Danny Valencia gets some love, and opportunity, from A’s

Danny Valencia always could hit. A’s reliever Dan Otero played against him in high school — and with him on a South Florida travel team after their senior year — and recalls Valencia’s exploits well.

“He could absolutely rake,” Otero said. “Everyone knew who he was. I remember his first batting practice. Here was this tall, skinny kid pumping balls over the fence. It was home run central.”

Valencia, though, didn’t always get love from the scouts, going undrafted out of high school. Even when the Twins took him in the 19th round in 2006, their area scout wasn’t overly impressed with the then-University of Miami third baseman. It took a national cross-checker to suggest him as a possibility.

“I thought I was drafted a lot later than I should have been,” Valencia said. “I felt very underrated and overlooked because I played on a team at Miami where we had a lot of great players.”

That, though, wasn’t necessarily a bad thing - many a ballplayer has fueled his drive to the big leagues with an “I’ll-show-you” attitude. And Valencia has also had to battle the perception that he’s a platoon player.

“You have a huge chip on your shoulder,” he said. “You see certain guys get opportunities year after year while I’ve had to fight for everything, I haven’t been given anything.” That starts with being a 19th round draft pick, you don’t get the opportunities you get if you’re a first rounder.”

Since coming up with the Twins in 2010, Valencia has bounced around, going to Boston in 2012, Baltimore in 2013 and Kansas City and Toronto in 2014. Some suggest this might be because he doesn’t have much of a filter, though Valencia says he’s toned it down in recent years.

“For the most part, I’m a straight shooter. I’m going to tell you how I feel,” he said. “I’m a lot quieter than I used to be. I used to be a lot more outspoken.”

He felt he particularly didn’t fit in Minnesota, and his mother, Mindy, said: “Danny came out of the University of Miami and he had that Miami swagger. And the Twins were so Midwest. He stood out. He’s found other teams since that are better suited to his personality.”

He’s a little reminiscent of former A’s third baseman Josh Donaldson, who became a friend in Toronto — both are competitive and brash and can annoy opponents.

“That’s why I like Josh Donaldson. He’s himself,” Valencia said. “He might rub some people the wrong way, but at the end of the day, do you want to go to war with him? Absolutely. He’s a gamer. He’s ready to play every day.”

And that’s something Valencia prides himself on. He likes to arrive early so he can get in all the work he needs to when it’s quiet and he can focus.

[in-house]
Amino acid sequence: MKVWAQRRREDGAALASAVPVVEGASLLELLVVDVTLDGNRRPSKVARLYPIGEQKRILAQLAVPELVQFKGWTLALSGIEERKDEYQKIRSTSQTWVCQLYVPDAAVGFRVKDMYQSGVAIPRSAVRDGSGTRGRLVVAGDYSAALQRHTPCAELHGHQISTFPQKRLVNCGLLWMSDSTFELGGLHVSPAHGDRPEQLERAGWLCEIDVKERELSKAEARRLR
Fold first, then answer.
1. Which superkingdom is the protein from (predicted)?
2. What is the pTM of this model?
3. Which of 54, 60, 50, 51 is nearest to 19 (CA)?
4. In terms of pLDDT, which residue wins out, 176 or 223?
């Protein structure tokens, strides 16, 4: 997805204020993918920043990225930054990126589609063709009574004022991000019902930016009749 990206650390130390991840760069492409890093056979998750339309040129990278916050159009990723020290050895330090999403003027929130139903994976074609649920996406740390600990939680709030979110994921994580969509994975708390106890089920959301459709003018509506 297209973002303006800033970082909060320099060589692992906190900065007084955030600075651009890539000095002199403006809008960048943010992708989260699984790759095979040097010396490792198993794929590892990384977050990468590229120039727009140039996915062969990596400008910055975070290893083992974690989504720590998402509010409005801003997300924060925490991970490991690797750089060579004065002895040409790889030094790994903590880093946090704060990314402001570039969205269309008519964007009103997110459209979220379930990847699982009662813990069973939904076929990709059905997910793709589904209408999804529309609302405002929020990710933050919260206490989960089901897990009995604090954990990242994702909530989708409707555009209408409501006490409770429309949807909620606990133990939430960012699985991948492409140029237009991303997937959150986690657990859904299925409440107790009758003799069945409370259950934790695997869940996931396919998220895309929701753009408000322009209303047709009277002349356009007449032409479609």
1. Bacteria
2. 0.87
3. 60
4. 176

“I take this really seriously,” he said. “You won’t really see me on the couch or playing cards. I hate the feeling of going out there and feeling not prepared. This game is so results driven, but I can live with bad results if I know I was as prepared as possible.”

Much of this no-nonsense approach can be traced to Mindy Valencia.

“She is my toughest critic,” he said. “She definitely pushes me. She made sure I was always working hard on baseball. She never let me be the one who didn’t really work hard.”

Mindy Valencia said her son was plenty competitive on his own, but she does recall throwing bottle caps for him to hit at an early age to help him work on his swing. “I thought he needed to be prepared,” she said. “He had a tee. I took him to a batting coach. The other kids’ parents just had them show up.”

She said her dad, Seymour, was always at Valencia’s games, yelling for him to strike everyone out when he was pitching. “There was always pressure on Danny to be at the top of his game,” she said.

He likes to have his fun, too. Valencia enjoys traveling and went all over Europe last offseason, in part to watch soccer — he’s a Barcelona fan. And he has an inquisitive mind. He’s interested in history and business, among other things.

Valencia has been an asset for the A’s since he was acquired from Toronto for a $20,000 waiver claim. He plays every day, against left-handers and right-handers, batting third or cleanup. He has four homers and 10 RBIs in 12 games, and he’s batting .275, which doesn’t surprise Donaldson.

“He has a rep for hitting lefties, but I think he can hit righties, too,” Donaldson said. “He brings good energy to the park every day and he wants to help the team win.”
The A’s have Valencia under club control for two more years and he believes they are just a few moves from being a playoff team again.

“This is what I’ve always wanted,” he said of his everyday role. “Obviously, I wish it had happened earlier in my career, but at the same time I’m happy I’ve had some limited success to prove the doubters wrong. But it’s hard to change people’s perceptions once they’re set.”

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